We know that to combat climate change we will have to reduce meat consumption, because around 20 percent of the greenhouse gases comes from animal agriculture, not to mention other aspects that also trigger the carbon footprint of the industry.
In this regard, encouraging the consumption of vegetables is important, especially considering the result of a recent study linking diet rich in plant proteins with greater longevity.
A study by Massachusetts General Hospital has found that vegans have rates of mortality below. Specifically, the researchers analyzed data on health and diet 130,000 people over three decades.
The investigation concluded that for every increase of 3 percent in vegetable protein in the diet, the risk of death was reduced by 10 percent and by 12 percent the risk of dying from a heart attack.
Conversely, increasing by 10 percent of animal protein intake increased the risk of death by 2 percent and 8 percent the probability of dying from a heart attack.
Egg consumption as an alternative to meat has also been shown to be beneficial to health. Specifically, replace reduces the risk of death by up to 5 percent, and if we eliminate from the diet processed red meats we can reduce the risk by 12 percent.
However, the results of the study may not be all that should be valid for differences in age and social class average between vegans and non – vegans. This, of course, can add factors that better explain these percentages.
Still, the study authors consider that it is sufficiently proven to enrich our diet with vegetables and conversely, reduce the amount of animal protein. Especially when it comes to red meats.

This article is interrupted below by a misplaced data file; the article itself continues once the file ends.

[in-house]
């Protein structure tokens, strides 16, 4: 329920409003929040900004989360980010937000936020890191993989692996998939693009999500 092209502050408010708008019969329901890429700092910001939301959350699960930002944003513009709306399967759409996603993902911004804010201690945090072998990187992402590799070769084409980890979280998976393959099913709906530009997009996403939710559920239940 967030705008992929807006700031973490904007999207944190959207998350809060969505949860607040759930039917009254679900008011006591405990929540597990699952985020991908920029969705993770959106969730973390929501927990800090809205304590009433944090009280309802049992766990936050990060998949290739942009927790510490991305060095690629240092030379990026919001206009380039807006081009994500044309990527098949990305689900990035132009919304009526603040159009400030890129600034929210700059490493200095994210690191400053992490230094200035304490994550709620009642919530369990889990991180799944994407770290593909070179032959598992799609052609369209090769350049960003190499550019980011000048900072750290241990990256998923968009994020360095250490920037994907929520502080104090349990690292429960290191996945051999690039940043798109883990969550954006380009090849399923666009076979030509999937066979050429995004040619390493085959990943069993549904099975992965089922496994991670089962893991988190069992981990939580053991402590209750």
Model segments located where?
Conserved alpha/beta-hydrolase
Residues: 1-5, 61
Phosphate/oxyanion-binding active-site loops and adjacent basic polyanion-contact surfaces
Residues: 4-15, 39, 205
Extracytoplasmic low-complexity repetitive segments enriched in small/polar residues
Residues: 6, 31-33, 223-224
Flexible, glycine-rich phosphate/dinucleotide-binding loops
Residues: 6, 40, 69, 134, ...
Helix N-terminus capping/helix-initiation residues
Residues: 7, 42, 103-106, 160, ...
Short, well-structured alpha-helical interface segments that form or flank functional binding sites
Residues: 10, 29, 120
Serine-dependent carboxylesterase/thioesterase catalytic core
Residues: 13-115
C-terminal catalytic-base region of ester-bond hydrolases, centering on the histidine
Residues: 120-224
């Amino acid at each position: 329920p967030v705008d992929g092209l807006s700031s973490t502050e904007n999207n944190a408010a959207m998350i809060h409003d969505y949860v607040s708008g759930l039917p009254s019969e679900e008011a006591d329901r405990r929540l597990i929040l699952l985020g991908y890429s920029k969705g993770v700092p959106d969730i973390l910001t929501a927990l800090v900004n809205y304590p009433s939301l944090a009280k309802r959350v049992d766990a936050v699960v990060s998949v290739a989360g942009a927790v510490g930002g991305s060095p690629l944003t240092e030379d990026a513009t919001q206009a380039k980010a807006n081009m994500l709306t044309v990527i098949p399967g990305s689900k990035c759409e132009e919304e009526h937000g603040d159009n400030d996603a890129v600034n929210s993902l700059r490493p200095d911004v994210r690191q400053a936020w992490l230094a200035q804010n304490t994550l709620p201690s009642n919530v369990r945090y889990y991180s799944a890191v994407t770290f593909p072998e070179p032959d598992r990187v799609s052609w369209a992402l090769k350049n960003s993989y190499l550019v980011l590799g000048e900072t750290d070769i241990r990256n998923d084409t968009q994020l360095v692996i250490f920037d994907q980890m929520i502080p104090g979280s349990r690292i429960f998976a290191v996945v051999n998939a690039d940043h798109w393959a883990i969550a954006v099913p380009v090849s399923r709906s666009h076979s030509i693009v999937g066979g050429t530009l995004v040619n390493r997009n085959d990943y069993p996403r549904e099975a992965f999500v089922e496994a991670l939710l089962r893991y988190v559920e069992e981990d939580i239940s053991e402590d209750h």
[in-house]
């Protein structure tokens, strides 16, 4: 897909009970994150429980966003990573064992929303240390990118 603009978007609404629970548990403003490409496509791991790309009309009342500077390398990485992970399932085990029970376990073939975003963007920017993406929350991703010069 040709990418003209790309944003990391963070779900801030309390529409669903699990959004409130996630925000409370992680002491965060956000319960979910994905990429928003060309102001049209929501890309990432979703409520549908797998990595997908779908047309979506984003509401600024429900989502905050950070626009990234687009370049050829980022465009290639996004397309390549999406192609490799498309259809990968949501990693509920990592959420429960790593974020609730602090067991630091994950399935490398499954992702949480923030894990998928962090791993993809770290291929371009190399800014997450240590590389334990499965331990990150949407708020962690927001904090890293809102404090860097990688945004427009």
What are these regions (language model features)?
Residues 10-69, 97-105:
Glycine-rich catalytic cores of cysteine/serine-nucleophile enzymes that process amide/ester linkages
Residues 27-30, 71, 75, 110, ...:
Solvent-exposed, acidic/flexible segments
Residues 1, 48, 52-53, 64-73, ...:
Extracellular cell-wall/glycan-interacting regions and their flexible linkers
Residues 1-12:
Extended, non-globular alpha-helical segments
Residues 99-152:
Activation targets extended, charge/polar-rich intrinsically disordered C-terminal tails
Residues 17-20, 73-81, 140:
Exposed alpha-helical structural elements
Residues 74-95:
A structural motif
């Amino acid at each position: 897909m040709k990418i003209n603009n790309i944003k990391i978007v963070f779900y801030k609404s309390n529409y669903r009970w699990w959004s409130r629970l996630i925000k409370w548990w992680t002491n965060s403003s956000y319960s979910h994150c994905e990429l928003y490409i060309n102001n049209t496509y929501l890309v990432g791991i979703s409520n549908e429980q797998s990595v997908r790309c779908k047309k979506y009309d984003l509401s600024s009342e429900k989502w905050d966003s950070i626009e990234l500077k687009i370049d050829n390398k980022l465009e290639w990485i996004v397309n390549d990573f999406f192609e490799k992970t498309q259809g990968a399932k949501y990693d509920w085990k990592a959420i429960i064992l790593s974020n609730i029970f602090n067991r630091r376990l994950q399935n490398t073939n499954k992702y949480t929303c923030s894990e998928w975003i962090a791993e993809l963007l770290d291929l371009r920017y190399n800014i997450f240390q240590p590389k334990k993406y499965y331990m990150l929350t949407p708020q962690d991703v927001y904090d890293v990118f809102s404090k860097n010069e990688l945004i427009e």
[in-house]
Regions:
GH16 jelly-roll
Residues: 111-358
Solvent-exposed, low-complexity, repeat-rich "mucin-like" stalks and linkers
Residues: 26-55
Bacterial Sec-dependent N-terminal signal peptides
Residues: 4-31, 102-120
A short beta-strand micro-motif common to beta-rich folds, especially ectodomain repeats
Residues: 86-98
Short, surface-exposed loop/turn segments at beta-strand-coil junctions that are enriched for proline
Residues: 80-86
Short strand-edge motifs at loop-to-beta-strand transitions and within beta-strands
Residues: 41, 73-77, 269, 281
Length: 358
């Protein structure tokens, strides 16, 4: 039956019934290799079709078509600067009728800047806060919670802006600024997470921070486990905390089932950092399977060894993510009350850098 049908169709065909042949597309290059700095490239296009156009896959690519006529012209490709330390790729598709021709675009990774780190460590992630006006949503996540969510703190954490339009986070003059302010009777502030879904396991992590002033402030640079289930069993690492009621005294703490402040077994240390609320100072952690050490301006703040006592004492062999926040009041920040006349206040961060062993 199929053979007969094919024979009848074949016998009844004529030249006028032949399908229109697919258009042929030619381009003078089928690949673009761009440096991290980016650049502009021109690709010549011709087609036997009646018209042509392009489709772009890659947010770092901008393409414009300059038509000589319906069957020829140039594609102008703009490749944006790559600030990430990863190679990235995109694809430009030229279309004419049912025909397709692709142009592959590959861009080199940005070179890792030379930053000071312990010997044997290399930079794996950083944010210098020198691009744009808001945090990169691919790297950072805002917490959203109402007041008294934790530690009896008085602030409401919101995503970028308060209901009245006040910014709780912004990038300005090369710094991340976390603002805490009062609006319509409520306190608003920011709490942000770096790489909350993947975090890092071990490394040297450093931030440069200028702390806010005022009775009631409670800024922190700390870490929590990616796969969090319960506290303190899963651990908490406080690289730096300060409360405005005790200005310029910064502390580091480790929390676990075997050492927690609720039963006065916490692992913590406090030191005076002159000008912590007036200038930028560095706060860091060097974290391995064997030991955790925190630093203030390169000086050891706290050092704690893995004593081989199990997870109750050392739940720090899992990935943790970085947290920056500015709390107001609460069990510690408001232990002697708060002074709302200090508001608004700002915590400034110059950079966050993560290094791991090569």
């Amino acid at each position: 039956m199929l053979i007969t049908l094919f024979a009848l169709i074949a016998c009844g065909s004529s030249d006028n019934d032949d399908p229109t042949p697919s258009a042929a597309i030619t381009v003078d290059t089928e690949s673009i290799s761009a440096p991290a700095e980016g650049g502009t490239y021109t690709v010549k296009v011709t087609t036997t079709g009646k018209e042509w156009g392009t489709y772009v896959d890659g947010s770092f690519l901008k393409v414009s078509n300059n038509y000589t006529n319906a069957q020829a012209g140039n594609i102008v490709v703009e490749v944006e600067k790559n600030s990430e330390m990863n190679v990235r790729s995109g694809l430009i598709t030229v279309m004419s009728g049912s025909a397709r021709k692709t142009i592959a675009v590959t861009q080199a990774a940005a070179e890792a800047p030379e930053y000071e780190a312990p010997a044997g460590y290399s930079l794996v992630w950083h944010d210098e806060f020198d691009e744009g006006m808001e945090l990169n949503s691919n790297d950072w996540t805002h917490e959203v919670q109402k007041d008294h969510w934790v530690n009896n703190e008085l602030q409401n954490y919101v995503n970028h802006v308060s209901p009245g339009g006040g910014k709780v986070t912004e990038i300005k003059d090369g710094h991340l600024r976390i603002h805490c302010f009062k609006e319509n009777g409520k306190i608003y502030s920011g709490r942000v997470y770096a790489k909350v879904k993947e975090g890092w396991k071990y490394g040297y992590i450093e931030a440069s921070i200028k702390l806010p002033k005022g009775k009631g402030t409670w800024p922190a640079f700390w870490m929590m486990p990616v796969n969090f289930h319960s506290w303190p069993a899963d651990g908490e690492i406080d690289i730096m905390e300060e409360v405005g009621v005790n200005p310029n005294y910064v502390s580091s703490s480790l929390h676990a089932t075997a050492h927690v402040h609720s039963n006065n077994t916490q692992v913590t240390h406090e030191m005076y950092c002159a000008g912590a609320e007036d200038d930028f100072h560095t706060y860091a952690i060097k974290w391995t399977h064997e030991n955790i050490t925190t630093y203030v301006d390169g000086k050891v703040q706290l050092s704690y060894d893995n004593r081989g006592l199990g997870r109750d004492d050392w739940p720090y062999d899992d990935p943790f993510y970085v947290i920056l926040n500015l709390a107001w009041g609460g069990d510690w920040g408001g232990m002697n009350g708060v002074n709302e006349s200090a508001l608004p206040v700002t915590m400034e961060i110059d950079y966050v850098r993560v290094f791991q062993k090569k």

Does the vegan diet cause cancer?
Studying genetics to understand the extent to which it influences the assimilation of green diets has led to troubling conclusions. Above all, because it puts on the table a number of possible problems of assimilation of plants selectively, depending on genetic characteristics.
It brought to the fore a study published this April in the digital edition of Molecular Biology and Evolution, for which removing meat from the diet can pose problems for certain genetic profiles. Especially when assimilate essential fatty acids for the functioning of the body.
A group of scientists at Cornell University in New York, USA, concluded that not being able to adequately assimilate them could lead to chronic inflammation of our body, the prelude to chronic pathologies of different severity such as cancers and heart disease.
The study alluded to “arachidonic acid, omega 3 EPA and DHA” and poor assimilation as a cause of the increase in chronic diseases associated with a vegan diet in people who lacked the so-called “vegetarian gene,” explain the authors.
In turn, remember that red meats are considered “probable” carcinogens, according to the World Health Organization. Therefore, excessive consumption of the same as a vegan diet can be counterproductive, except that it is linked not to generality, but to certain people.